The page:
Pope Francis is calling on everyone to be vaccinated. The pope called the vaccine a life-saving instrument, and therefore, an ethical obligation. The refusal to be inoculated is suicidal.
Series: Fratelli Tutti: A Vision to Heal the World
Pope Francis sets out a vision for a new kind of politics in an encyclical that tackles a rising tide of “myopic” nationalism and moves the Church a step closer to a complete rejection of war.
Three themes in Fratelli Tutti–fraternitas, building bridges, and peacemaking–indicate the influence of St. Francis of Assisi in the latest encyclical of Pope Francis.
Pope Francis’ new encyclical spends only six paragraphs on the Church’s doctrine on ‘just war,’ but Fratelli Tutti might have upended the entire teaching on the subject.
This is the right time to unleash the Catholic Church’s “secret weapon.” A nonviolent weapon with tremendous power to neutralize evil forces, the Catholic Social Teaching is a priceless tool to help build the culture of care of creation and one another.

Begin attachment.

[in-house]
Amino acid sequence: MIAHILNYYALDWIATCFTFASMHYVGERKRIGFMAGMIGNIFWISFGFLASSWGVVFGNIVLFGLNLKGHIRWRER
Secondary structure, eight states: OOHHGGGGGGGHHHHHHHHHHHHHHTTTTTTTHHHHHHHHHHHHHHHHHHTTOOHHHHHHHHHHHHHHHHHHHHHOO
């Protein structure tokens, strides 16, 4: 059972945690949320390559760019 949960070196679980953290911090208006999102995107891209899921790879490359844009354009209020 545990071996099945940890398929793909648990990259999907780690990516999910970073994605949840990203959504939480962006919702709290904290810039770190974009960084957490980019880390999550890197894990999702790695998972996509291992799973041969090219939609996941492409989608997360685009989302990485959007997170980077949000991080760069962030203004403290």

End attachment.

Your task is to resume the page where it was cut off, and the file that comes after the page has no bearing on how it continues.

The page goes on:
The use of the internet for work and for online learning has tremendously increased and facilitated working together since the outbreak of the COVID-19. Nevertheless, real communication such as building bridges is yet to be achieved. Thus, the necessity to work for it in a creative way.
A historical and contextual background to understand Pope Francis’ scheduled Apostolic Journey to Iraq in March 2021.
Without immediate action from the international community, Christians in northern Iraq could be endangered with extinction, warns a new report from the pontifical charity Aid to the Church in Need.
Smudging ash on a person’s forehead reminds us that humans are simply mortals. This ritual is performed on Ash Wednesday to signify the need for repentance at the beginning of the Lenten season.
Although the Christian faith arrived in the Philippines in 1521, an organized program of evangelizations only began in 1565 with the Augustinians accompanying Legazpi’s expedition. They were followed by Franciscans (1578), Jesuits (1581), Dominicans (1587), and Augustinian Recollects (1606).